It gives your users an automatic way to sign onto your site, meaning that they don’t have yet another password to keep track of. That’s win-win, right?
It would be, except for the fact that the technology is often misused or incorrectly applied, leaving the door open for the hackers, and making it easy to intercept password information. If that happens, the convenience of using Facebook or Google’s sign-in API works against you.
Security professionals have been shouting from the mountain tops for months about how dangerous it is to use the same password across multiple accounts. While it takes on a slightly different form, that’s exactly what a Google/Facebook sign in is, and once the hackers have your Facebook password, they can get into a number of other sites you use.
The attack is accomplished via a “man in the middle” approach that allows hackers to sign into a victim’s app using their own credentials.
Once logged in, the hackers can make use of any site the user logs onto via Facebook or Google. If you’ve linked your banking information to those sites, then the hackers will have access to those accounts. They can go shopping, book a vacation and basically do anything you would normally do when you sign onto those sites legitimately.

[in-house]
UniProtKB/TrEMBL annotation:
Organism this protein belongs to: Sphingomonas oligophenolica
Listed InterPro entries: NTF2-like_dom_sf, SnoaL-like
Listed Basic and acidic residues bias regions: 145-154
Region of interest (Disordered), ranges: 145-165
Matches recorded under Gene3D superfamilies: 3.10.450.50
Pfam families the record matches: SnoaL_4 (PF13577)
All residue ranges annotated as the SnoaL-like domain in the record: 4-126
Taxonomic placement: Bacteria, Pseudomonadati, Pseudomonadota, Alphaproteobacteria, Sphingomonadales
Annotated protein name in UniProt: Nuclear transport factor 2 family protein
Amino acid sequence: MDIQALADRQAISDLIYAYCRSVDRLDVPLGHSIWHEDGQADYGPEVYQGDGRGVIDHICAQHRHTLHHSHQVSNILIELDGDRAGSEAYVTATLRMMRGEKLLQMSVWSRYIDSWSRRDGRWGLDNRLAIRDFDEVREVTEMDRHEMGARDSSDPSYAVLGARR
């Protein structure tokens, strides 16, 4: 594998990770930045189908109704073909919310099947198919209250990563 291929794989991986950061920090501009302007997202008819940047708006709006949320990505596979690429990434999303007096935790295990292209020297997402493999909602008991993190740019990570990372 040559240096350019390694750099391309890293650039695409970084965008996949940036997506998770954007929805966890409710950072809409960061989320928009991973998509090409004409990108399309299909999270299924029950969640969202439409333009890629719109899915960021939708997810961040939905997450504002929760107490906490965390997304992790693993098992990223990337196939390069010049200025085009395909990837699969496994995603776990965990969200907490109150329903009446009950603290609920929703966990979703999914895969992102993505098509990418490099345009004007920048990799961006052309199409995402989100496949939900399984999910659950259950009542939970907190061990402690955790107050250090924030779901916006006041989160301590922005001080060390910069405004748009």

In a recent survey of the top 600 US and Chinese mobile aps, it was found that more than 40% (41.2%) can easily be compromised in just this fashion.
The level of exposure is staggering. This could impact more than a billion mobile devices, worldwide.
If you make use of Facebook and/or Google’s sign-in API in the conduct of your business, it’s time to do a review. You may be putting your clients at risk without realizing it.